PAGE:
As of July 30, after 55 years of being in business at 126 Church St. in Belfast, Em Bee Cleaners is closing its doors forever. We survived the polyester leisure suit era of the ’70s; the stock market crash in the ’80s; the ice storm in the ’90s, and we hoped, maybe, this economic downturn we are all experiencing today.

We thought we could hold out, but we were ill-prepared for new Department of Environmental Protection concerns and regulations. The cost of doing business with DEP has drained the coffers and we are done. So that everyone knows, I’ve scrambled for months to find someone to take care of our customers and accounts, large and small, to no avail. This was my biggest concern, other than my precious friends who just so happen to be my employees.

I need to say major thank-yous to a few special companies and individuals who not only helped us survive these years, but are standing beside me today. Many thanks to my friends at Camden National Bank and Larry Quinn (even though he has retired) for trusting and believing in me as a businesswoman. Also MAC Electric and Kienow’s Refrigeration for saving me time and again, working in 100- to 120-degree heat until nearly midnight on occasion to make sure we were up and running the following day.

Thanks to Roger Brown, Jim Cox and Charlie Nolan for their expertise and willingness to jump in and fix or retrofit on a moment’s notice. Special thanks to Tidewater Oil, aka Matt Porter with his sidekick, Bunny Evans, for not only taking care of my enormous oil needs, but for the “going above and beyond” over and over, the support, and of course the hugs! To Laura, Mary and Terilyn, you know who you are, and so many thanks, we’ll be in touch in the future.

I also need to say thank you to my family. My husband, Peter, and my boys, Brendyn and Aaron, have not only worked here doing engineering work, counter work, rug cleaning, painting and computer work, but have endured years of missing wife, mom and many late dinners. I love you and thank you forever.

I also want to thank my brother Dick for allowing me to continue to pick his brain for years after he was no longer able to work in the business. Your continued support and belief in me will help me through the next phase. And of course there are my parents. Richard and Janet Bowden brought me up in this business. At times I slept in hampers on blankets while my parents worked. I remember my father holding me up at 3 years old to push the keys on the ancient cash register that we still use.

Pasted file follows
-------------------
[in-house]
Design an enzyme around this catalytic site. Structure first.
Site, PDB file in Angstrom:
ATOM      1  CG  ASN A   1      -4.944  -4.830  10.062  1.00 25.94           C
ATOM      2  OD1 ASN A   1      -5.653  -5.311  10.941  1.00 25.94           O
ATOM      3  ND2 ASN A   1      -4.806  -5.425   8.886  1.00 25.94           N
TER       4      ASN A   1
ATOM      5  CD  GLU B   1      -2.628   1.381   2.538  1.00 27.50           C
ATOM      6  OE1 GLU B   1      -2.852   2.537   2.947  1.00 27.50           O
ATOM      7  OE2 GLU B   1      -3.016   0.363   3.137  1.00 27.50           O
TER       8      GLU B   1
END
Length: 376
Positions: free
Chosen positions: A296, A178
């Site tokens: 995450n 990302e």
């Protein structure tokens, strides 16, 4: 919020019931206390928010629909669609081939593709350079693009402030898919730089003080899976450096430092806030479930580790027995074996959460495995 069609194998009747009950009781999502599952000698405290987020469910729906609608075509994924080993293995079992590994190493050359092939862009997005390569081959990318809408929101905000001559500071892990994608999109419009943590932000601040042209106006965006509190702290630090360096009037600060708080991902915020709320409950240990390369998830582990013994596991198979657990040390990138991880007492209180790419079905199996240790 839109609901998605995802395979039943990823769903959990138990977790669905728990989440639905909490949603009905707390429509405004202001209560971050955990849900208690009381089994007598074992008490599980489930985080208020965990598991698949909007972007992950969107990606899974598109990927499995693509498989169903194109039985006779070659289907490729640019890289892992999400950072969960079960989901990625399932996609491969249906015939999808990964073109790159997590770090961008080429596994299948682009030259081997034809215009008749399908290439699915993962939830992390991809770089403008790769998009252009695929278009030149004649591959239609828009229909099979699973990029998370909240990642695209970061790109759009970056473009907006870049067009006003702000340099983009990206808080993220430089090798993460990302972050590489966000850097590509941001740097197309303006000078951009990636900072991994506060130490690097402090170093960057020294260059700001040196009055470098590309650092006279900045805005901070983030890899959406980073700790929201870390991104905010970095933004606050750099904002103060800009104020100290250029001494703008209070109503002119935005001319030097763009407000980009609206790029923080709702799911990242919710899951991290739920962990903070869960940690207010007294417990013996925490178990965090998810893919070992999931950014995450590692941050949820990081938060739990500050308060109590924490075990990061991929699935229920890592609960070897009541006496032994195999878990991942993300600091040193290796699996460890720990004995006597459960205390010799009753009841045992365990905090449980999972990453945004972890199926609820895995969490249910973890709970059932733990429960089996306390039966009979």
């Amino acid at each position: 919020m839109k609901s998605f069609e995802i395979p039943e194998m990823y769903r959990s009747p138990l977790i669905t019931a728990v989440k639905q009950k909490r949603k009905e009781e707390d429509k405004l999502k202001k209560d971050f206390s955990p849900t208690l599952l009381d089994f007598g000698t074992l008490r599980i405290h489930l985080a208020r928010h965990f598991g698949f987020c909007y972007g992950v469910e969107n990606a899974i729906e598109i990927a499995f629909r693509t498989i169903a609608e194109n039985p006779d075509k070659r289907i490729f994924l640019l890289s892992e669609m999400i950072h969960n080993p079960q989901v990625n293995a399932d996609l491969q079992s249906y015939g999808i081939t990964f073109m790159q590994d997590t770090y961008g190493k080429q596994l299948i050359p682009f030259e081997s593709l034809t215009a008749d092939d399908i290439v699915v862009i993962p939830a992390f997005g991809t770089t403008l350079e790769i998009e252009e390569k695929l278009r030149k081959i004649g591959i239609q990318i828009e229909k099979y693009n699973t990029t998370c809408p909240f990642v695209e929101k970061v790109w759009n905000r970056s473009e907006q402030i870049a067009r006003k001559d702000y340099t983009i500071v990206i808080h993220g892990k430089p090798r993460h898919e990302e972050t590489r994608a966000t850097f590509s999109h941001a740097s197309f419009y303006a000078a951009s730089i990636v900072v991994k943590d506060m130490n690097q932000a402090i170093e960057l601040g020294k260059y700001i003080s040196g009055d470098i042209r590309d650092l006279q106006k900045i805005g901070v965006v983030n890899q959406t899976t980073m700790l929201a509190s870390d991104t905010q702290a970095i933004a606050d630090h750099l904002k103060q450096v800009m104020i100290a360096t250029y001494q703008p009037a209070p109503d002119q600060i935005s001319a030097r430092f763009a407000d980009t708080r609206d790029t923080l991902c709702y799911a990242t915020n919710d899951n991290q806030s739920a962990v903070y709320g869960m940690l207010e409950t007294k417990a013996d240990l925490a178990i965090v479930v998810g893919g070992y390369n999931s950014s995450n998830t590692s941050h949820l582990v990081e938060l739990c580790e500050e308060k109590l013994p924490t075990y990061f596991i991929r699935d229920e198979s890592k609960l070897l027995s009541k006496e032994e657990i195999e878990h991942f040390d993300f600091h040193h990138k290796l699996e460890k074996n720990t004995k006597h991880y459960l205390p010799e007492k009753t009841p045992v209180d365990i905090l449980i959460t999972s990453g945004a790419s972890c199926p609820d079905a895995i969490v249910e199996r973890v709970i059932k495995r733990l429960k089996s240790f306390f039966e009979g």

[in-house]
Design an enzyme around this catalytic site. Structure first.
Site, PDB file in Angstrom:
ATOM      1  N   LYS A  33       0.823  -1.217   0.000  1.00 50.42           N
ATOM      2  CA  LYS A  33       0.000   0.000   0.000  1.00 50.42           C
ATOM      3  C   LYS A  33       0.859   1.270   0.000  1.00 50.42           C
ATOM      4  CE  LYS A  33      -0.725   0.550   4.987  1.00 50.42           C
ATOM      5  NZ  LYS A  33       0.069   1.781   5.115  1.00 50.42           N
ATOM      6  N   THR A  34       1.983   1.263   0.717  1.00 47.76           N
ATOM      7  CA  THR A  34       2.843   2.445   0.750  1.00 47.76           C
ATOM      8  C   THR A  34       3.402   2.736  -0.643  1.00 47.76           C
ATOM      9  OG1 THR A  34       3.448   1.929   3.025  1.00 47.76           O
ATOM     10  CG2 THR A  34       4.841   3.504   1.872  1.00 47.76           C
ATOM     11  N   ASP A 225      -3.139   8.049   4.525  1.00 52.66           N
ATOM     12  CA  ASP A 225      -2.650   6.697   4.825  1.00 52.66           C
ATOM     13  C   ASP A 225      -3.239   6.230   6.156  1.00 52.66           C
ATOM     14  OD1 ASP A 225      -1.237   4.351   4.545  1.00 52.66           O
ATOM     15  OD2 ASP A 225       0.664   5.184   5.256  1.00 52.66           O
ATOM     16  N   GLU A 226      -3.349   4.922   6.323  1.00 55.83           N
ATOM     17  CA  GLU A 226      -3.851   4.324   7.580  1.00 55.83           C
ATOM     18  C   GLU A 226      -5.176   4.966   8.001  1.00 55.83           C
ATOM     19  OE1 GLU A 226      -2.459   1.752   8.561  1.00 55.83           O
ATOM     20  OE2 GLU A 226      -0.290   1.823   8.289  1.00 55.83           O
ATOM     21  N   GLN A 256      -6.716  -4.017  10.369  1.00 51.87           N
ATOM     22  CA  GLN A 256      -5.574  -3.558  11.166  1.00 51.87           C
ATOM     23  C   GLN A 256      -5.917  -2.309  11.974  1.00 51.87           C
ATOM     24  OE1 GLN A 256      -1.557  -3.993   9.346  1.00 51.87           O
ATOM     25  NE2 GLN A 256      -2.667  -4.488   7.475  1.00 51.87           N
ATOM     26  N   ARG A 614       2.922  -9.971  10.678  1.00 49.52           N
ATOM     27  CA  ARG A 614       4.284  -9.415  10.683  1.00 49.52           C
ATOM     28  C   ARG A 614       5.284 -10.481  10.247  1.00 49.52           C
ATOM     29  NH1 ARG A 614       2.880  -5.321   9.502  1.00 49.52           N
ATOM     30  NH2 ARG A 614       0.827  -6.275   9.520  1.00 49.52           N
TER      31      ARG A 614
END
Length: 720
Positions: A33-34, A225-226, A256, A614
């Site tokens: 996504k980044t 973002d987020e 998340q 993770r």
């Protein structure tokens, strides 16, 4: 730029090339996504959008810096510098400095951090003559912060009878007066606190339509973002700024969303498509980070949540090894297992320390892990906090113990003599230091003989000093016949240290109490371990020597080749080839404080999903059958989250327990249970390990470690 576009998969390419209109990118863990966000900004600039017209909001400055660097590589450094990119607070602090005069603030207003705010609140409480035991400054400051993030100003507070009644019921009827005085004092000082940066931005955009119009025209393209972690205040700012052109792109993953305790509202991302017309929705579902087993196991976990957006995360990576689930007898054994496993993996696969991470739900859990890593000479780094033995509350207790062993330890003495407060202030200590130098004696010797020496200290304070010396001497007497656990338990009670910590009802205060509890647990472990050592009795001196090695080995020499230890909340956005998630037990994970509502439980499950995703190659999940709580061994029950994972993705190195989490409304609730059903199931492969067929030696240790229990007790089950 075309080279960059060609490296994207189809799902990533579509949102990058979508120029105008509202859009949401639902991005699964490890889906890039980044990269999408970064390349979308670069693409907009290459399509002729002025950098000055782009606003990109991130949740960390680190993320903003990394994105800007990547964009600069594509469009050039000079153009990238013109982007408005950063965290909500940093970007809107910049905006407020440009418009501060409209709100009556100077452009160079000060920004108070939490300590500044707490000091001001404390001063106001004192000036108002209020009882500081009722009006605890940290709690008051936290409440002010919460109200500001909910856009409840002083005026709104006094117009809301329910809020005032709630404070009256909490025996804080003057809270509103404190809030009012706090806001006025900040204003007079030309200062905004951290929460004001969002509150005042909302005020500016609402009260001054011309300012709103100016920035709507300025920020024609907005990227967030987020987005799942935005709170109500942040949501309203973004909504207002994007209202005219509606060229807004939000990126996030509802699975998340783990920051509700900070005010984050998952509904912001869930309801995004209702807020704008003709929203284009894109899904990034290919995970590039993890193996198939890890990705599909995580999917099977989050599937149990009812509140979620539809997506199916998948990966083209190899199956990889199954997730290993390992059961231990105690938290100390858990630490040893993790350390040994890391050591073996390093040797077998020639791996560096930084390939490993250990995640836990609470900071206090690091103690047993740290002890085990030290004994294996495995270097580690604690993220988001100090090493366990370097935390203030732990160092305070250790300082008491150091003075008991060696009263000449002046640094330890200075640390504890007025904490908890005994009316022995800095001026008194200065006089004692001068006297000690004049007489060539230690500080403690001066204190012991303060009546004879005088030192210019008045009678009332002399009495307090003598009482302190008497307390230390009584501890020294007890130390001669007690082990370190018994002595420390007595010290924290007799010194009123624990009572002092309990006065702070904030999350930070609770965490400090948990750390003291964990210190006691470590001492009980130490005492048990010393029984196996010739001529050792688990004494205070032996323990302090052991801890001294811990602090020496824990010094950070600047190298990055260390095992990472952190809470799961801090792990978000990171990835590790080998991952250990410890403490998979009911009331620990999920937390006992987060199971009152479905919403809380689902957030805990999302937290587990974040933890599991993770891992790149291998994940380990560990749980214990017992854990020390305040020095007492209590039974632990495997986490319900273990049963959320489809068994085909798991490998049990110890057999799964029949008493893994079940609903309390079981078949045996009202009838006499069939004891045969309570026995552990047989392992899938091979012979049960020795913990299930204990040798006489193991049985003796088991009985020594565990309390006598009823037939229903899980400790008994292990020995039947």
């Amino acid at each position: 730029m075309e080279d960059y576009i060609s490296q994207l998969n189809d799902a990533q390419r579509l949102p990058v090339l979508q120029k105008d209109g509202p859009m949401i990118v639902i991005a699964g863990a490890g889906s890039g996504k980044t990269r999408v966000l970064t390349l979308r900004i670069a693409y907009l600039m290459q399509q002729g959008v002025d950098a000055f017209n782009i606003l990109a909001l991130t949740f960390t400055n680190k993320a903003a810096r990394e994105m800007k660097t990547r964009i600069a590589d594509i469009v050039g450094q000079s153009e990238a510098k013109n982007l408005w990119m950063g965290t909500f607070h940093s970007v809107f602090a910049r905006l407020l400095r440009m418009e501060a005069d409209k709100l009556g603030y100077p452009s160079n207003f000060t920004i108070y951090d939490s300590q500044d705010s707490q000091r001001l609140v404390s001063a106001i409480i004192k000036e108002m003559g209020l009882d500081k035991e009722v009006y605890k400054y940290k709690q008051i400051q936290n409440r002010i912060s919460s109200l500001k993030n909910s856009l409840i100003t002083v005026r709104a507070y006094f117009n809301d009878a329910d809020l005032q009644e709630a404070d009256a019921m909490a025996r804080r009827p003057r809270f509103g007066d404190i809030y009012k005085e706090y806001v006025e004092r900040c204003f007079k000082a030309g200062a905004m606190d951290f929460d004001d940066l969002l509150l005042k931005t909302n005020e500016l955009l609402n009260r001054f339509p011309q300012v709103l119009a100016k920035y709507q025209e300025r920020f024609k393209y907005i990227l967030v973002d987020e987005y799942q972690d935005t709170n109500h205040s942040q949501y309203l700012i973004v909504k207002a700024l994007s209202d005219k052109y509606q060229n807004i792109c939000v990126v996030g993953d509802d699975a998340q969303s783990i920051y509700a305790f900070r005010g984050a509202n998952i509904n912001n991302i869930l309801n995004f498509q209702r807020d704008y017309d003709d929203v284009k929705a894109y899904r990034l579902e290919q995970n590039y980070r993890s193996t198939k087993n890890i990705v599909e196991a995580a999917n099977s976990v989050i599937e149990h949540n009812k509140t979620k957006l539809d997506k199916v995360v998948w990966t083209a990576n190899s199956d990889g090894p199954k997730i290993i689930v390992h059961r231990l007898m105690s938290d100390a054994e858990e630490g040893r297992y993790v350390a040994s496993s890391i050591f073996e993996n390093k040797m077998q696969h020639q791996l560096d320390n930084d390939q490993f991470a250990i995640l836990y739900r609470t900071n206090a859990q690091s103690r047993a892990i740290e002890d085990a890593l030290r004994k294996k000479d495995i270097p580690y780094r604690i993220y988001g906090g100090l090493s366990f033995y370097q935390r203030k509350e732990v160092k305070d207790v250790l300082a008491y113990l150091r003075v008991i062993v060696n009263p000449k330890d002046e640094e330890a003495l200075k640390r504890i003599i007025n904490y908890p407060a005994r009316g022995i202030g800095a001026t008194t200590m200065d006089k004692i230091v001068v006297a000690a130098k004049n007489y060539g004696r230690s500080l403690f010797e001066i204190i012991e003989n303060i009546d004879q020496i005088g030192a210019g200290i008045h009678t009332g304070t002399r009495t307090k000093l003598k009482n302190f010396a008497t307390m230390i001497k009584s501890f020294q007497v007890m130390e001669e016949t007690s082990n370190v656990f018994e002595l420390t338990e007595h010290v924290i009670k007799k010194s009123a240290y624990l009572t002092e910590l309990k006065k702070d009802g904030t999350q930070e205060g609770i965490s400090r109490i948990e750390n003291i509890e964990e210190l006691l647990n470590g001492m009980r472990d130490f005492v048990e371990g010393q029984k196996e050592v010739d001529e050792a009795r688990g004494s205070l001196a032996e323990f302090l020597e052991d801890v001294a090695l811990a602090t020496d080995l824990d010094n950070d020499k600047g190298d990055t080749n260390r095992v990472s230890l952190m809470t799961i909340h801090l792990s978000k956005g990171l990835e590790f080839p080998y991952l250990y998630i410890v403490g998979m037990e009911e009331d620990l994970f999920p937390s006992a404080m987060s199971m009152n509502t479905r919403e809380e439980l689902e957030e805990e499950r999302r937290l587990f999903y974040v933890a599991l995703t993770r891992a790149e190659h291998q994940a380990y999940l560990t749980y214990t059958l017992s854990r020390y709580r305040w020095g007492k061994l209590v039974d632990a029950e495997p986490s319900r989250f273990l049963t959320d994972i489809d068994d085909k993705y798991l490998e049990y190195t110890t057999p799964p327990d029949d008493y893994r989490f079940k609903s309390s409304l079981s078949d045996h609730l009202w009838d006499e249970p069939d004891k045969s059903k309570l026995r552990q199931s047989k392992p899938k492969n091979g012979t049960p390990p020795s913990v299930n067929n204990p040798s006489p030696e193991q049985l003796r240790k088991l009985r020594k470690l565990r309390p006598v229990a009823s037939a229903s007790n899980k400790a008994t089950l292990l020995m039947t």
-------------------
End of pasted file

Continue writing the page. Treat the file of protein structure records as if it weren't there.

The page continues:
They’ve been there every step of the way, supporting, working and helping in any way they could to help us survive. Now, the last day of business is reduced down to my daddy and myself. Thank you for standing with me, believing in me and telling me when to stop. I love you so much and am sorry this had to happen on my watch.

My final thank-you is of course to my special employees/family who have made coming to work such a pleasure. We’ve endured so much, and after all these years we are forever bonded. And of course, above and beyond, my customers. Thank you so much for all the years of loyalty, love and support. You’ve been our family, too, and we will all miss you terribly. One of our community gathering spots will now be gone, but hopefully we’ll see you in another? Best wishes to all and thanks for the many precious memories.

Connie Sarnacki



Move over, Philadelphia

The city of Belfast turned an unfortunate situation into a heartwarming experience on July 17 when our green SUV stalled unexpectedly at Route 7 and Vine Street. It refused to start after many attempts and at least eight separate motorists stopped to offer aid. A kind lady offered shelter from the 90-degree weather in her home.